17: Astronoid – Air
While I’m on the subject of metal I might as well go ahead and rave about Astronoid. If you’re friends with me and have even the slightest inclination towards metal, you are going to get tired of me singing this album’s praise. But I really can’t help it – no album this year is as relentlessly joyous as this one. This album simply makes me feel good. It’s the sort of album that centers me, that smooths the edges, and immediately puts a smile on my face. A metal album that’s all major key and soaring vocals, Astronoid is basically the opposite of death metal – it is outright life affirming.
16: Childish Gambino – Awaken, My Love!
I am loving every bit of this record – but, truth be told, I get why others might not like it. Not only is it a complete departure of style from the largely successful Because of the Internet but because it’s far more free form, and meandering, in its narrative. Whereas his last record was so detailed that it even included an entire screenplay to accompany its message, this record is far more interested in embracing its universal themes of brotherly love and fatherhood like one might admire a clear night sky – utterly transfixed and yet unable to comprehend. Pushing himself not only as a musician but also as a singer (at times, he’s utterly unrecognizable), Gambino has taken yet another giant leap forward as a force to be reckoned with.
15: Periphery – Periphery III: Select Difficulty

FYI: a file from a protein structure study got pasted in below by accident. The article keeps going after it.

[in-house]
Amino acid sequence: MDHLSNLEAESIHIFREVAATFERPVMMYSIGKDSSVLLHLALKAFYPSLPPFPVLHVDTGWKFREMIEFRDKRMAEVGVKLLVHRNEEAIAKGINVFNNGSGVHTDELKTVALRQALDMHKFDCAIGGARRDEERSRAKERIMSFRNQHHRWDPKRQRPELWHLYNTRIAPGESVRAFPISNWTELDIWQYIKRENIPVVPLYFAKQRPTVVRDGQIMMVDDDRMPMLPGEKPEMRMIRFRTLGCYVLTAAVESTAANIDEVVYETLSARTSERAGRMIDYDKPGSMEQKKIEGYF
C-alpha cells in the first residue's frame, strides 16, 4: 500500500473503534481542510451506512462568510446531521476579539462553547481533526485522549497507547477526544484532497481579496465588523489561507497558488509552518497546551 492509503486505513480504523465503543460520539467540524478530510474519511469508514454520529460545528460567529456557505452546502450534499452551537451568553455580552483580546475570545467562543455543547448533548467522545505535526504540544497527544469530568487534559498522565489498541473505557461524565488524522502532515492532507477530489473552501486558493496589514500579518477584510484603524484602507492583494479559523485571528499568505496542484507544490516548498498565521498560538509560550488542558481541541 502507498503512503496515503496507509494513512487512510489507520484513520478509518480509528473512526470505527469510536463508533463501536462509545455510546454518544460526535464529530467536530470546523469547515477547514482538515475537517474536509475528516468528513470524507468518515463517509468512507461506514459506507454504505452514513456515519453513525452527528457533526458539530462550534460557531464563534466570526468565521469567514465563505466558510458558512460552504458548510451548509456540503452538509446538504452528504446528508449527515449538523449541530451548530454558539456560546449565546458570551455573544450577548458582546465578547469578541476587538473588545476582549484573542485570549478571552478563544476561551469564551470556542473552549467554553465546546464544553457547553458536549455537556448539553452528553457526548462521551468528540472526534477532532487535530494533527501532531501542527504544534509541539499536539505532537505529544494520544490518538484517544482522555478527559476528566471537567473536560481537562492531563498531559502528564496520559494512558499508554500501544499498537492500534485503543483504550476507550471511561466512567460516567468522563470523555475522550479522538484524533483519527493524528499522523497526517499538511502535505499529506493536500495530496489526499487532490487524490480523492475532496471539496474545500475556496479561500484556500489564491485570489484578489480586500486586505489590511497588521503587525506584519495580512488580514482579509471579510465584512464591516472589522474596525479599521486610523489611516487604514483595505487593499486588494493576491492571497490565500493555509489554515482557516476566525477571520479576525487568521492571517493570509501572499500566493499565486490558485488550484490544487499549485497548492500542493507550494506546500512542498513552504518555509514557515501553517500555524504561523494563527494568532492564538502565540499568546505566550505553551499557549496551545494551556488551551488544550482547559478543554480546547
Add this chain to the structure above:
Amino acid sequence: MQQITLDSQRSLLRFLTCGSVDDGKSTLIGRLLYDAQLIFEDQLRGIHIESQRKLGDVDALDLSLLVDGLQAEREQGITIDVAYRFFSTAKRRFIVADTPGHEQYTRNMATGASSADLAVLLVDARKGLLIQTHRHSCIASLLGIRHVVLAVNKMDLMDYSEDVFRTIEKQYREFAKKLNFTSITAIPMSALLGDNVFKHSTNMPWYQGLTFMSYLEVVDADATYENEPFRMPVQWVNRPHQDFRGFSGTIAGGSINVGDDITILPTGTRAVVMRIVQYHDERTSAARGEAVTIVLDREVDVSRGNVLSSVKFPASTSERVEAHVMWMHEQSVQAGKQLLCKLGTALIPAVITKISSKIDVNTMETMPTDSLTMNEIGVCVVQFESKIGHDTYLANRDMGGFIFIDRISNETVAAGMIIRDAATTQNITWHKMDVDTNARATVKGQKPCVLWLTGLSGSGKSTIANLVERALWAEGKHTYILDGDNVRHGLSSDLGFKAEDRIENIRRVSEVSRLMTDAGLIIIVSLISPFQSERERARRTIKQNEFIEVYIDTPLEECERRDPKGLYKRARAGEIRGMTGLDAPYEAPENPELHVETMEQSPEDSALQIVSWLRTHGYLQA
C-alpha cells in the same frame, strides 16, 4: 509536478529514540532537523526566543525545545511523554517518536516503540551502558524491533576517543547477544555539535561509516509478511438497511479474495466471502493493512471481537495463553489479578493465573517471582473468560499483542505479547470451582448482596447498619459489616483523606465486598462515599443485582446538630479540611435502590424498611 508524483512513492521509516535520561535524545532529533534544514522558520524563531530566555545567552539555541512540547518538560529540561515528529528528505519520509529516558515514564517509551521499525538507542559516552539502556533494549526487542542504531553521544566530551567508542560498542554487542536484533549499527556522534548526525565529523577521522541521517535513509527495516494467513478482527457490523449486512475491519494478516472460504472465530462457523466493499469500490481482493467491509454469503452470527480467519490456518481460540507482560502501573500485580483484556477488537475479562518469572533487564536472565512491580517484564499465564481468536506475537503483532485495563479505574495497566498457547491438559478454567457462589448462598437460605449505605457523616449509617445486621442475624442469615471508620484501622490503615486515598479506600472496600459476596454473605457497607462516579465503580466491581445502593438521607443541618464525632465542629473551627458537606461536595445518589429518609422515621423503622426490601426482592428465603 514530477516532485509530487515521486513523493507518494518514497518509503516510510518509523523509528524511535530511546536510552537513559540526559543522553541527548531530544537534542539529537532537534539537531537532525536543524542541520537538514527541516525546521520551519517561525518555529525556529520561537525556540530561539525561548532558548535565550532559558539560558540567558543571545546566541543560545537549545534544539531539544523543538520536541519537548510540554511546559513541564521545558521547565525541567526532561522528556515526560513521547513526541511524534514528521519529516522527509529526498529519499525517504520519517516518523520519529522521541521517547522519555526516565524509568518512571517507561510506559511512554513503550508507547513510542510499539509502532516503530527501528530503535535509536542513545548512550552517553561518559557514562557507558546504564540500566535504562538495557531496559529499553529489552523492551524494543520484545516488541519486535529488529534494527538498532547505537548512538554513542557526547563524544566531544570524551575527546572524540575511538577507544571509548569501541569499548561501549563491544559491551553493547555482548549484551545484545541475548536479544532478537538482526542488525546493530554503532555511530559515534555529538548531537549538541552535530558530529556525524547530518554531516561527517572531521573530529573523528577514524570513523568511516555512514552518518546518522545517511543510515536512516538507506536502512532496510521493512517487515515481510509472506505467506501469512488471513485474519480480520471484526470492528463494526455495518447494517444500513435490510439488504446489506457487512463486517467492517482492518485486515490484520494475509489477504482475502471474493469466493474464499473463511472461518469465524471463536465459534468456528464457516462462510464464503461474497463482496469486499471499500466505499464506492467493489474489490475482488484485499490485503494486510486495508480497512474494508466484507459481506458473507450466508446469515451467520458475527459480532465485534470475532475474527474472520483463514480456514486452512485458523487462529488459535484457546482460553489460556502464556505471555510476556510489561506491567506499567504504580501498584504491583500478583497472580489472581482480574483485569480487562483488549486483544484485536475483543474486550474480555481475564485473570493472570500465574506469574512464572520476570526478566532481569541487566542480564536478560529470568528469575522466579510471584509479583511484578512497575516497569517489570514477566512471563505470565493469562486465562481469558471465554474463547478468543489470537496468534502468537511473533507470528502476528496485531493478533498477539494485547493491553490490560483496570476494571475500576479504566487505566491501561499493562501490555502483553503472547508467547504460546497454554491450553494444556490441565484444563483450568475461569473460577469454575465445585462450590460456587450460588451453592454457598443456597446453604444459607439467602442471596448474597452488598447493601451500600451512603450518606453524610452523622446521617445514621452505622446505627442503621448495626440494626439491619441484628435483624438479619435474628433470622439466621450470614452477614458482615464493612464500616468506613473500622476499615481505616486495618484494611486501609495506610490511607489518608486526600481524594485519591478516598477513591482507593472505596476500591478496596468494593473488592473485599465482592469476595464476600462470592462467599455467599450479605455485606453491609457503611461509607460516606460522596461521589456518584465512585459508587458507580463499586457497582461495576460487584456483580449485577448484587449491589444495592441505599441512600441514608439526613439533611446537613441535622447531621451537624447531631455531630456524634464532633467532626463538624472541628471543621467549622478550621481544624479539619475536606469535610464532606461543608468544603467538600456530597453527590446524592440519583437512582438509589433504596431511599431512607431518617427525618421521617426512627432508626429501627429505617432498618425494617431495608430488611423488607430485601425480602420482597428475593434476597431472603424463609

Known for an insane level of technical skill and a relentless pace of prolificacy, Periphery are kings of djent/progressive metal as far as I’m concerned. Coming just a year after their double album Juggernaut: Alpha/Omega, this record is the perfect culmination of every one of their strengths. Whereas Juggernaut felt like they were stretching their muscles, III finds them ready for a fight – and it is one blistering punch in the face after the next.
14: American Football – American Football (2)
American Football released an absolute, undeniable, and incredible masterpiece of the emo genre right before the great revival of the early 2000’s – and then they disappeared. Although they individually went on to other musical projects, American Football seemed like it was doomed to be a singular success. But then just as they had disappeared, out of absolutely nowhere, American Football decided to return and, like they’d never left at all, they gave us an album every bit as gentle, as captivating, and as deceptively deep as their debut. Like standing in an empty house after the love of your life has moved out, this album is a quite whisper of reassurance you offer to the dust as it settles at your feet. It’s a warm blanket of a record and, although it’s heavy, the dulcet tones and earnest pleas towards love make it all feel like it’ll be ok. Yet another emo masterpiece. Can’t wait for #3 in another twenty years.